I had a rough upbringing. My dad was always in and out of jail, dealing drugs, fighting on the streets. Many nights the police showed up to take him away in handcuffs. I went to 12 different schools from grades K through 12, and we lived in motels most of my youth, all seven of us—my mom, dad, four siblings and me, in one roach-infested room. My first bike was one my dad had stolen. He spent all our money on drugs, and we never owned anything nice.
When I was in junior high, my dad hustled in downtown LA, buying and selling clothes and jewelry, and I sometimes went along. On one of these trips, a man had some Seiko Diver’s watches for sale. I thought the Seiko was so beautiful—maybe it was how the shop owner explained to me that it was automatic and that it worked on movement. It blew my mind. I was a goner for watches from then on.
At that time, I attended a very good school. The kids were all wearing the [Casio] G-Shock. I had landed my first job, doing odd tasks for a couple who owned a house across the street from the motel we were living in. I made $1.50 an hour and was finally able to buy my own things. My first purchase was a pair of burgundy, high-top Chuck Taylors. My second was the $125 Seiko that had become my obsession.
When I wore the watch, it changed how the kids at school saw me. I wasn’t the kid who lived in a motel and wore fake branded sneakers. I had something legit and beautiful and cool. It gave me cred with the wealthy kids, but I was also charmed by the magic of the thing itself—all I had to do was wear it, and it would start working.
One day my father asked to borrow the watch. I felt crushed, knowing exactly what he would do. He pawned it. I told myself that one day I’d get another. For my 19th birthday, my girlfriend, who knew about my childhood and the loss of that watch, bought me the Seiko Diver’s timepiece that I still wear to this day. That girl, my high school sweetheart, became my wife, and together we have three kids.
George Esquivel is a shoe designer for his eponymous label, based in Los Angeles. Courtesy of George Esquivel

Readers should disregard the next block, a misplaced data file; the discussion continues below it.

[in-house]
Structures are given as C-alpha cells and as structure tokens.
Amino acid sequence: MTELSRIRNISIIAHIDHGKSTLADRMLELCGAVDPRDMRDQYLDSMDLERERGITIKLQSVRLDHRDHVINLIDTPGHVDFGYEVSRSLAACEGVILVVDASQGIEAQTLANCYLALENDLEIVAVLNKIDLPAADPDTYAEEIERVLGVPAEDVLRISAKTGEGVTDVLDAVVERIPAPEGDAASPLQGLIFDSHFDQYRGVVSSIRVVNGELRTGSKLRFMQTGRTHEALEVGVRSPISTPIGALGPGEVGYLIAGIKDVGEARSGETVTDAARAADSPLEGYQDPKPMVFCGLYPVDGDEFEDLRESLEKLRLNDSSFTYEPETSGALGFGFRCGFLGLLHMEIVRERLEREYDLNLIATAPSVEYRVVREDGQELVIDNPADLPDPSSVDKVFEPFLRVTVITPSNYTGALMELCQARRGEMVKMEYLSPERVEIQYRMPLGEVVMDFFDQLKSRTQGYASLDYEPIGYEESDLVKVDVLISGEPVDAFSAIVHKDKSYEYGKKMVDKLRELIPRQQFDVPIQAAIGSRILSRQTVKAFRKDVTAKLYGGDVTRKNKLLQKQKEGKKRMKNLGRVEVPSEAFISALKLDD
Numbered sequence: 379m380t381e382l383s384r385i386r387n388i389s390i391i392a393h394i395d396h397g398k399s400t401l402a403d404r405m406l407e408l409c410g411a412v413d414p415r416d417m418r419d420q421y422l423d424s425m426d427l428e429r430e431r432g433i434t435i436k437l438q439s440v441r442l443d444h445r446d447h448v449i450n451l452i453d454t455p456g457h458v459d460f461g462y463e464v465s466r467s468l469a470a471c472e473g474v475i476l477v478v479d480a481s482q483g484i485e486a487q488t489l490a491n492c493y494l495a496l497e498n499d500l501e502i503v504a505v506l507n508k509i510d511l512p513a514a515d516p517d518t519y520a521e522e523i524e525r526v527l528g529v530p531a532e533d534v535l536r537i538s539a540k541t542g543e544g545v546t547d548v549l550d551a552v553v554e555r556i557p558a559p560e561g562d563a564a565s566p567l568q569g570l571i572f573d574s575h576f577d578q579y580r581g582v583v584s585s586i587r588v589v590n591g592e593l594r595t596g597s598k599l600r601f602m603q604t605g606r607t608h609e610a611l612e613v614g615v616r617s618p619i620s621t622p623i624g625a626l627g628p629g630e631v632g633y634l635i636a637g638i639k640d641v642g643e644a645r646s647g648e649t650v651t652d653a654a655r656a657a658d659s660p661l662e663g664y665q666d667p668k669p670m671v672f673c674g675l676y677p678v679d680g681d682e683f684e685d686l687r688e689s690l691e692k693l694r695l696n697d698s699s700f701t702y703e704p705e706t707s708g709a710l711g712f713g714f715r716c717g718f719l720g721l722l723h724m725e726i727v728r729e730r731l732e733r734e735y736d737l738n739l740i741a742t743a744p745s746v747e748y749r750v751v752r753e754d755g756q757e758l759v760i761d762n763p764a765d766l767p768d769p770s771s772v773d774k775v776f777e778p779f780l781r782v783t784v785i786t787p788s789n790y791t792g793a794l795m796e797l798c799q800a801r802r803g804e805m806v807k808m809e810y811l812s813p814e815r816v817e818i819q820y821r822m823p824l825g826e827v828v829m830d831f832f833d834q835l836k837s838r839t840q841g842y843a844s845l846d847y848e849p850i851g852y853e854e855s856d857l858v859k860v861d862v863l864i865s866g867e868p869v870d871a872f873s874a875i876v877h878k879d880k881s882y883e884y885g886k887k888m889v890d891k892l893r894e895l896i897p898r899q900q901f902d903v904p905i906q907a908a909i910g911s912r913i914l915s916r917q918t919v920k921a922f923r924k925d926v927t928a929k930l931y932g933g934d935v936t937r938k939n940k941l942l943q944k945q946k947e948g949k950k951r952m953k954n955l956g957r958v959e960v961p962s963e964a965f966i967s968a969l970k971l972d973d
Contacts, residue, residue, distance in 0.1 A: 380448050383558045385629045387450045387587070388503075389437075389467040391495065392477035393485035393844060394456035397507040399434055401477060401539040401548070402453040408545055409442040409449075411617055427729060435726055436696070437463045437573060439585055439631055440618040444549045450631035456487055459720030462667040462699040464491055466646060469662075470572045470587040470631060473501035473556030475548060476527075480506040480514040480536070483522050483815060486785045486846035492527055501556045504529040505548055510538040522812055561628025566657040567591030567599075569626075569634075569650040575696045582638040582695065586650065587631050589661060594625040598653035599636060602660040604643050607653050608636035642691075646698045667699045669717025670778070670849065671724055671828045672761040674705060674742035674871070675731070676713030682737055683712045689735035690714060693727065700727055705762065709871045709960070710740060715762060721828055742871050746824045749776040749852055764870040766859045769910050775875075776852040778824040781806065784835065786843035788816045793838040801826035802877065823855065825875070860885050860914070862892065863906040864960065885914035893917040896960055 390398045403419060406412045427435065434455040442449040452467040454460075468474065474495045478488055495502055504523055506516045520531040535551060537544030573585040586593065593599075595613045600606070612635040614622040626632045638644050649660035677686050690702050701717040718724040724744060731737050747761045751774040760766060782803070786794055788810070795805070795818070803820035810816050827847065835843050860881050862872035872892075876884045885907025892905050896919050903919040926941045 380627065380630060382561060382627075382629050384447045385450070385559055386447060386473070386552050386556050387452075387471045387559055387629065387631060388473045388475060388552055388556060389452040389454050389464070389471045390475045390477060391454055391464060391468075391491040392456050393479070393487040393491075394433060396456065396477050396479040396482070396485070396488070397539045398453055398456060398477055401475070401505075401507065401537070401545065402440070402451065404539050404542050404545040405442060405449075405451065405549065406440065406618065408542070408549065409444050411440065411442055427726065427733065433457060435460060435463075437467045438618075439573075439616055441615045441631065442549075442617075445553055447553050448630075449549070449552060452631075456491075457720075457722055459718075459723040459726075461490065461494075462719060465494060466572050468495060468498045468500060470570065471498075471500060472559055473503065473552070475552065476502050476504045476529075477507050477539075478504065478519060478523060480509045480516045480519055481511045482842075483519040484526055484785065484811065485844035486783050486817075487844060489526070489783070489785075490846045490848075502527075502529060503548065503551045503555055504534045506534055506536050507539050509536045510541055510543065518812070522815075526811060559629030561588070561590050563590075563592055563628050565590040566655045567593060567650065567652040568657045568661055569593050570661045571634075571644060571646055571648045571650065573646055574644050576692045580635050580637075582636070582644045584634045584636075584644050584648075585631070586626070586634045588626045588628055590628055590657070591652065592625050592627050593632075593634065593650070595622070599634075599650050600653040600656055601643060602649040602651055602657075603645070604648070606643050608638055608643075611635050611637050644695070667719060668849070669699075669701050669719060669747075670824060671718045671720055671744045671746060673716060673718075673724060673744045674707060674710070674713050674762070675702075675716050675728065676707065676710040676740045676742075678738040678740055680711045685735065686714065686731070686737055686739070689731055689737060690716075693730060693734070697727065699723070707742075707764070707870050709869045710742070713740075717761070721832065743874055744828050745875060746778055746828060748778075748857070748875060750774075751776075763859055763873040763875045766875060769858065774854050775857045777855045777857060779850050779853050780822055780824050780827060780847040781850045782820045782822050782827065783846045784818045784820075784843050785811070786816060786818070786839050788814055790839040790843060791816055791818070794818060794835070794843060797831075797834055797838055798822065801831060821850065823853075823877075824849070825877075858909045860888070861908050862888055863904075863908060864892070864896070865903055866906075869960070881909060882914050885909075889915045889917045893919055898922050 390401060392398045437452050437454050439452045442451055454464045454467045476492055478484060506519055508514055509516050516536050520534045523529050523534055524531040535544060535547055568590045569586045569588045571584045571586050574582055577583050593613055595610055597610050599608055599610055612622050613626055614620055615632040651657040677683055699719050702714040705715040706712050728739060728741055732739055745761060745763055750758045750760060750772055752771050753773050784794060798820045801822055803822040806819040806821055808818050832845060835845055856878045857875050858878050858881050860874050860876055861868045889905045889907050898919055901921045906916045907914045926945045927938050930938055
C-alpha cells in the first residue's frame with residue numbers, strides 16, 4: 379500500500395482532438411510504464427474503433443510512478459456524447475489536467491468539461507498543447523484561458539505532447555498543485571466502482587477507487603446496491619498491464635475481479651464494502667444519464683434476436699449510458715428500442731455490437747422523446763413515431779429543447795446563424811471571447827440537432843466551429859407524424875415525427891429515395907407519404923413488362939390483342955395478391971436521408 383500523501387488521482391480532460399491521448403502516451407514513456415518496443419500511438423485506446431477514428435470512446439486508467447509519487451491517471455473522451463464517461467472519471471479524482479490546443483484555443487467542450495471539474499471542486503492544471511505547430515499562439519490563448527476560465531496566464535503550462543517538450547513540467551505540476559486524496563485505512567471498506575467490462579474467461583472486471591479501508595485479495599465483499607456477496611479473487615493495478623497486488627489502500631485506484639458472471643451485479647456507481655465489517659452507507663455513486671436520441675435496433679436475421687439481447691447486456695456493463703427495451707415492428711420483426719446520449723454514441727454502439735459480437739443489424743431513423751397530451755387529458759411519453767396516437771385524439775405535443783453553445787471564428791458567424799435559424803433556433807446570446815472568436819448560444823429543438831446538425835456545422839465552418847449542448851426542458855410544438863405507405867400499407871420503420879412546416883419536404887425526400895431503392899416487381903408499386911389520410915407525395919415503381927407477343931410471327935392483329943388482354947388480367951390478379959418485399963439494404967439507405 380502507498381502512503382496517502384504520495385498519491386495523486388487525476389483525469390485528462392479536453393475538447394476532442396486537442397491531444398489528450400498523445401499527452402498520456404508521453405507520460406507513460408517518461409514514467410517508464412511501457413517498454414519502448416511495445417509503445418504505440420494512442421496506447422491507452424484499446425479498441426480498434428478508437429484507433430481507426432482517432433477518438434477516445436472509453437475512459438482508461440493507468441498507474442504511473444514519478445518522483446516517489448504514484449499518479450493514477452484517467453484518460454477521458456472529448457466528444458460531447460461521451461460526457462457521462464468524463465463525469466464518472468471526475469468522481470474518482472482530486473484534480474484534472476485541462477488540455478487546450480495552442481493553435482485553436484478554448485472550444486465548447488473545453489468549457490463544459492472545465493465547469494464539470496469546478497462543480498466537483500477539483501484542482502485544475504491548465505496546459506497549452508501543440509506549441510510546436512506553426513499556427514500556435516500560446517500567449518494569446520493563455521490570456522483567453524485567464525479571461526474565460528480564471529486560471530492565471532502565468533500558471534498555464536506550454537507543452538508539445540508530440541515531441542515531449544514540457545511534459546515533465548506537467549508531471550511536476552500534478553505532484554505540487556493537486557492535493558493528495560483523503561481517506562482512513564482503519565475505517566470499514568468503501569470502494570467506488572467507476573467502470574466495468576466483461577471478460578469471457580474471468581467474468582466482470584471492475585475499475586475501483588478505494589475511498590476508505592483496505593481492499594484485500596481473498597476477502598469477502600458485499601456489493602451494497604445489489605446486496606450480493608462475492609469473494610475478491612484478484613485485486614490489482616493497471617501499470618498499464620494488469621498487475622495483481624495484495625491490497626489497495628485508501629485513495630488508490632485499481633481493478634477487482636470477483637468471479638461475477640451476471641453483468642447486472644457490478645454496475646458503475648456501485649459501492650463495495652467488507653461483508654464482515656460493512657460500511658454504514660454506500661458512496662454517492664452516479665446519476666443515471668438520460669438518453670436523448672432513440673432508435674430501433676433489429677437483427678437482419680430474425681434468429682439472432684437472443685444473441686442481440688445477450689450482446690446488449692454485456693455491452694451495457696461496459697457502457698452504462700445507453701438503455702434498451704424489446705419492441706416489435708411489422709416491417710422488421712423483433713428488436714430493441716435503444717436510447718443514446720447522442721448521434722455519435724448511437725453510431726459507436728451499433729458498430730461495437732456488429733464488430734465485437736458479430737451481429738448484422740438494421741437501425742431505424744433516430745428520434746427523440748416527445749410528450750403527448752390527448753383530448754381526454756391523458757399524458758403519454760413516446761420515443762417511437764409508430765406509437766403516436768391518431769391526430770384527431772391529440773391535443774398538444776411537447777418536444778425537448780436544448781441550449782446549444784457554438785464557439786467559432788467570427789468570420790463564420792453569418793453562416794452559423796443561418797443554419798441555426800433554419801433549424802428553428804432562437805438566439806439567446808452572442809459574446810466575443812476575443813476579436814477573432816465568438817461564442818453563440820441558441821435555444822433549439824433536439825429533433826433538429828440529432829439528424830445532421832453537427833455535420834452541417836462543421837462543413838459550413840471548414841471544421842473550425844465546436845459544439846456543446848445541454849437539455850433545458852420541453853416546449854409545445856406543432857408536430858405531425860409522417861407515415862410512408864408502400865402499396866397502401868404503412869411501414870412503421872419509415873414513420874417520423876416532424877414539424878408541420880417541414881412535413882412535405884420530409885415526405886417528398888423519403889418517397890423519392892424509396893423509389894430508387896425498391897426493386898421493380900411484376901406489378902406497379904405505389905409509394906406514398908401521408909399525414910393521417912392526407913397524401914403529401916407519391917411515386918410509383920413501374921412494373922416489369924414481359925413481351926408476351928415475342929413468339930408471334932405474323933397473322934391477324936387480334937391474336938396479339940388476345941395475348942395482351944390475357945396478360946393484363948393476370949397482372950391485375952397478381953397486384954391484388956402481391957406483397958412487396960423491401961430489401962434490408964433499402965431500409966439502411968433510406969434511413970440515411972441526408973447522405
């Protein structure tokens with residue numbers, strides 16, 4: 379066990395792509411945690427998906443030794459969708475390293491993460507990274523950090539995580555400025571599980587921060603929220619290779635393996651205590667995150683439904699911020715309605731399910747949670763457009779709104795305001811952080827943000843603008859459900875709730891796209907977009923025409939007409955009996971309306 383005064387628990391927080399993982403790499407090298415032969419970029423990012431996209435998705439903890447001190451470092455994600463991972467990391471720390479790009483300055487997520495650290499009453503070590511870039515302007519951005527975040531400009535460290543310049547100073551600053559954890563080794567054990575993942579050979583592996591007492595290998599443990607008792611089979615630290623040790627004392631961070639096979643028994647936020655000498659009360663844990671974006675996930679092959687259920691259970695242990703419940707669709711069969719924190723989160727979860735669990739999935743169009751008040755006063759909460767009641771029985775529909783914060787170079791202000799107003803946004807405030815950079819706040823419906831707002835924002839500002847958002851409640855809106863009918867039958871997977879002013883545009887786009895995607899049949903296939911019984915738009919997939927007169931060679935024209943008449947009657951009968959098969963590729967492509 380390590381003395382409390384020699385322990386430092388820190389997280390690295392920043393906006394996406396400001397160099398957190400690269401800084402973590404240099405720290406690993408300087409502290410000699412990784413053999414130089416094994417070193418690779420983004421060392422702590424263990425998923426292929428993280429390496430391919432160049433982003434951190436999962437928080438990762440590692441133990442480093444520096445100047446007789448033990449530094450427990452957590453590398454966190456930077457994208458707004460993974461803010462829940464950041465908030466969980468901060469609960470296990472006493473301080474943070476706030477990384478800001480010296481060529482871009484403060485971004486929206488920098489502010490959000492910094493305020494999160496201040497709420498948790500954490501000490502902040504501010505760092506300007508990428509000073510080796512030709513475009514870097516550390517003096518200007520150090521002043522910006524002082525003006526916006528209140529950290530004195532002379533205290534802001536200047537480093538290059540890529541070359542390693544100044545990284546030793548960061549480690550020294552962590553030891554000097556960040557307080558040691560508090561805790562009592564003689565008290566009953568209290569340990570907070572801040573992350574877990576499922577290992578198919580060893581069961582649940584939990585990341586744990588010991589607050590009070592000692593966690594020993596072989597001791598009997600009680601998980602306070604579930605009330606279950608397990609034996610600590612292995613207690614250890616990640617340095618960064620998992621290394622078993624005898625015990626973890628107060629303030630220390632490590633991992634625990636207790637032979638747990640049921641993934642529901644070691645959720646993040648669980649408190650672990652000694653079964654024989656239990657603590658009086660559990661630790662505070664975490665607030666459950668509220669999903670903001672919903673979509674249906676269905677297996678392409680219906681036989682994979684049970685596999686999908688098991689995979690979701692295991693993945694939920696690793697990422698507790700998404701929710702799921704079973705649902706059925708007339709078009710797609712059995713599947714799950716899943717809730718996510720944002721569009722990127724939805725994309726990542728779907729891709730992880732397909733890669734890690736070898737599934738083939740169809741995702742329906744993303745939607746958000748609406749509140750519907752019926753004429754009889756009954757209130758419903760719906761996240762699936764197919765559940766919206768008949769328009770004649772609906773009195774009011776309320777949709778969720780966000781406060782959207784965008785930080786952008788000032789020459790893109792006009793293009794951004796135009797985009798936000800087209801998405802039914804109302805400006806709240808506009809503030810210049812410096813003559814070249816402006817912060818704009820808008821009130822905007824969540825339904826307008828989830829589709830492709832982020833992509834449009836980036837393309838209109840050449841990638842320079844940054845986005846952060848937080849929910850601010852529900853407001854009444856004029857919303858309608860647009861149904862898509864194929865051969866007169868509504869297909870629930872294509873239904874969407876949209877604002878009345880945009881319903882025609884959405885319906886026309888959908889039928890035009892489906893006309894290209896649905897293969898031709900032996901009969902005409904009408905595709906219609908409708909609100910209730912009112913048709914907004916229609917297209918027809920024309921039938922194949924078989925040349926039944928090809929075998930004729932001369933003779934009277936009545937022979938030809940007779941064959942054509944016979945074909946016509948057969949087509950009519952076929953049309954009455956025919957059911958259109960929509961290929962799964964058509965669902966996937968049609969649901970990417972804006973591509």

Now I typically buy watches to mark a milestone in my business as a shoe designer. My first such purchase was a Cartier Santos 100 in 2006, bought to celebrate a deal we inked for a partnership and store with a group based in Asia. I fell for it when I read about its history as the first wristwatch created by Cartier. I tried it on at least 10 times before I bought it. After that, I was fully bitten by the bug.
When I joined Tumi as creative director in 2013, I went for an Omega GMT. I’m neurotic about knowing the time back home when I’m away, so whenever I travel, the Omega with its dual time zones is now on my wrist. And the double-wrap strap I made for it adds character and makes it truly my own.
Most of my watches are about utility. I’m at our workshop all the time, so I want something that isn’t too fragile and doesn’t look ruined if it gets scratched. The diver watches are meant to take a beating, and they look better as they get older.
My now-vintage Seiko is still my favorite, though, even as I’ve acquired more high-end pieces over the years. That watch has made such an impression on me that I actually gift it to others—my brothers all have one.
I sometimes buy pre-owned: You are still getting a beautiful watch, and if it’s good, it doesn’t need to be brand new. It is not as if the timepiece has miles like a car. It has history. I hold on only to those watches that I love, but I do regret selling a few of them. I miss my Cartier Santos; I also should have kept a few Rolexes. But if it’s just sitting in a drawer, why keep it?
I’ve taught my kids there’s nothing wrong with buying a brand if it’s something you adore, but you shouldn’t buy something just because everybody else has it. It’s the same thing with my watches. It’s not about what everybody else is wearing. True luxury is seeking things that make you happy.